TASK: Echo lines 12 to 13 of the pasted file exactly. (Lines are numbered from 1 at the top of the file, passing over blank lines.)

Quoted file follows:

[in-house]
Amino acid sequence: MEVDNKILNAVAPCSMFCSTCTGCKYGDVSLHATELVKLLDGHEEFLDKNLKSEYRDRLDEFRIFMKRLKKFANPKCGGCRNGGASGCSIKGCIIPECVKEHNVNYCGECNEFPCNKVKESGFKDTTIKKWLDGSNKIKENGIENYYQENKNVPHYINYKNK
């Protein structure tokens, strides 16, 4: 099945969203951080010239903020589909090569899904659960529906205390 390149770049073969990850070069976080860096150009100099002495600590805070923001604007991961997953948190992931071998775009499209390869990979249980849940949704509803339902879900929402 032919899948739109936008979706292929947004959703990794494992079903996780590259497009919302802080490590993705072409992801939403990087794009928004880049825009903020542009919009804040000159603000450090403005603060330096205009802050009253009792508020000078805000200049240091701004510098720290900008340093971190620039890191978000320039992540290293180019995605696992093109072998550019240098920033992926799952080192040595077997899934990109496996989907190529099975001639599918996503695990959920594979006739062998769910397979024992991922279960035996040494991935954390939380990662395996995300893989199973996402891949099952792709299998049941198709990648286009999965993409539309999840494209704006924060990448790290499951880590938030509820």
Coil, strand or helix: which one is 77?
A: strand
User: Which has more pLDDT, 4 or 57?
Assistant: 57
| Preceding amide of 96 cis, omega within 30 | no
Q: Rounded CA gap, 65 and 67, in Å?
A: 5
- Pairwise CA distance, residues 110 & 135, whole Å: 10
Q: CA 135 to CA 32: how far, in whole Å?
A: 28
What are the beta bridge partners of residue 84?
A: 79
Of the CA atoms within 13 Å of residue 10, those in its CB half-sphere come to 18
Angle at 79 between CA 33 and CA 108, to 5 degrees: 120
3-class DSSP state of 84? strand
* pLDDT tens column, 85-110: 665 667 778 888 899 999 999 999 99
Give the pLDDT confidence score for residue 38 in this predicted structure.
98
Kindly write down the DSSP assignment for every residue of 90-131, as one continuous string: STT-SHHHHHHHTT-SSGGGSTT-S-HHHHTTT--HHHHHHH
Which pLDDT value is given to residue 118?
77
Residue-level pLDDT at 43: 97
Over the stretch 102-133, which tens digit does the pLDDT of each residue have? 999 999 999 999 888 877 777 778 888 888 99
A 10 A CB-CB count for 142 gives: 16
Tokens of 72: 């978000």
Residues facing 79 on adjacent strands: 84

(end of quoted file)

Q: CA 135 to CA 32: how far, in whole Å?
A: 28